Success becomes the buzzword
MONTEGO BAY, St James:
Six months after a financial institution launched a learning project at the John Rollins Success Primary School in Montego Bay, teachers are reporting improvement among the more than 60 students participating in the programme.
The project, dubbed 'Music, Perfect Pitch for A Sound Education', was conceptualised by the GraceKennedy Group subsidiaries First Global Bank (FGB) and First Global Financial Services (FGFS) as a joint venture with the Ministry of Education.
Kirk Hinds, one of the grade three teachers at the John Rollins Success Primary School who teaches an all-boys contingent of 36, said the programme is making inroads into the boys' literacy and numeracy skills as well as their development.
He explained that the school had embarked on an initiative where each grade has an all-boys class.
These boys are performing below their grade level and are deemed to be falling short both academically and behaviourally.
"Each of these classes is assigned a male teacher who facilitates as best as he can, because most of these boys do not have father figures in the homes, so we are trying to mould them," Hinds said.
The 'Music, Perfect Pitch for A Sound Education' initiative was officially rolled out in six primary schools: John Rollins Success and Bickersteth primary schools in St James; McIntosh Memorial Primary in Settlement, Manchester; and Central Branch All-Age, Seaward Primary, and Duhaney Park Primary in Kingston.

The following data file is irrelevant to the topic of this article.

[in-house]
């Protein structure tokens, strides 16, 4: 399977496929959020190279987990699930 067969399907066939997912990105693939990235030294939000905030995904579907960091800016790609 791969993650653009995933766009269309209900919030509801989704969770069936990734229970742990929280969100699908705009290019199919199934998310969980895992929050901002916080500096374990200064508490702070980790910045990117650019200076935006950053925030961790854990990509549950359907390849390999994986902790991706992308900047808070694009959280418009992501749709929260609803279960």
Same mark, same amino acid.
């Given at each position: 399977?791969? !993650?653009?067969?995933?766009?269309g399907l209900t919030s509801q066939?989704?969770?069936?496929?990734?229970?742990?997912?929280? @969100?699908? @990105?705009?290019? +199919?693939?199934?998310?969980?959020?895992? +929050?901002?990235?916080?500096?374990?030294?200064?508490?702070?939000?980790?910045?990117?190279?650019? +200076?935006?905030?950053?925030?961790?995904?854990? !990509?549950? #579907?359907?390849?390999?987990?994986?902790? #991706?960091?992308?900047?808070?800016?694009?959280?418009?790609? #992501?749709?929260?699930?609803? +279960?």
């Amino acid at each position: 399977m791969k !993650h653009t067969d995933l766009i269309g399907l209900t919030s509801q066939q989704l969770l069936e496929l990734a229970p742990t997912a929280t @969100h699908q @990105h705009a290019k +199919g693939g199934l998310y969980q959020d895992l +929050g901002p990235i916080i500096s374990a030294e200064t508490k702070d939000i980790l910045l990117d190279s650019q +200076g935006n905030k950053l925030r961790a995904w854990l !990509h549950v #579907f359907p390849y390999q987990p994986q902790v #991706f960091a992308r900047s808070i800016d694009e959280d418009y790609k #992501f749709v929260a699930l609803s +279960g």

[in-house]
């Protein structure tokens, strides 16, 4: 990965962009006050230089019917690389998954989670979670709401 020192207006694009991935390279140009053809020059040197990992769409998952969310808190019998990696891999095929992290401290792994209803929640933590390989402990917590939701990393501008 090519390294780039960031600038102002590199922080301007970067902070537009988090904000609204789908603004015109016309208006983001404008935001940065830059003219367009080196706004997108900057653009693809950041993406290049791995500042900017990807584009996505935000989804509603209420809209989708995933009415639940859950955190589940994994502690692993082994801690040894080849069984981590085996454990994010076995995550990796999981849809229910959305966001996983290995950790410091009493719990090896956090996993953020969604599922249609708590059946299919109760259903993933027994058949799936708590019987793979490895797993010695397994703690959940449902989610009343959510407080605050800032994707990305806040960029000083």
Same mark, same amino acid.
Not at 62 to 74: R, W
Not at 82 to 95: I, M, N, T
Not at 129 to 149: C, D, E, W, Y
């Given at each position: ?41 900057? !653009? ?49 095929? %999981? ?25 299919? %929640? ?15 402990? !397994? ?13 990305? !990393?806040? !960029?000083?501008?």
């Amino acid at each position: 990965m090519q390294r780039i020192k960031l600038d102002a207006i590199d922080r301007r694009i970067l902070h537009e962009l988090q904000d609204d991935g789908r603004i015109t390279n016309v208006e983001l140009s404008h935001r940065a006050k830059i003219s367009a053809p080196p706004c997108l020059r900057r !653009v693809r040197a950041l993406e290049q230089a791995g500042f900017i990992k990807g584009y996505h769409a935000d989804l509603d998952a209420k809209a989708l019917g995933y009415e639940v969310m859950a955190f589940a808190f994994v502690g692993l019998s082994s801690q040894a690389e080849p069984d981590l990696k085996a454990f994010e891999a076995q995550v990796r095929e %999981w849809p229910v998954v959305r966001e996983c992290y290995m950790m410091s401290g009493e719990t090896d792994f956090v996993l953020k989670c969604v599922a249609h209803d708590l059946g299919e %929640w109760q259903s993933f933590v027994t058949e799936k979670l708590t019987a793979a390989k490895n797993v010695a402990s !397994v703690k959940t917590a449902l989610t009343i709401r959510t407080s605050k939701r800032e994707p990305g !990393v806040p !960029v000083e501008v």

The thrust of the programme is to raise the bar among grade three students who have been diagnosed as reading below grade level, or who are demonstrating difficulties in grasping numeracy skills.
The programme was tested last Thursday when staff from FGFS and FGB carried out a reading exercise with the students in St James, and the results were favourable.
Hinds is hopeful that the students will pass their Grade Three Diagnostic Literacy Test, which is scheduled to be administered by the Education Ministry in June.
"This is a very good programme because we use music to teach literacy and numeracy. We are of African descent, so we are naturally born with some musical rhythm within us," he said.
"They use the music to memorise what they have learnt, as well as include it in their tests and revision exercise. We literally see and hear them singing songs and bringing out the concepts in their work. So this is a programme that deserves kudos. I can attest that the students are reading, writing, and speaking better, and their confidence has improved."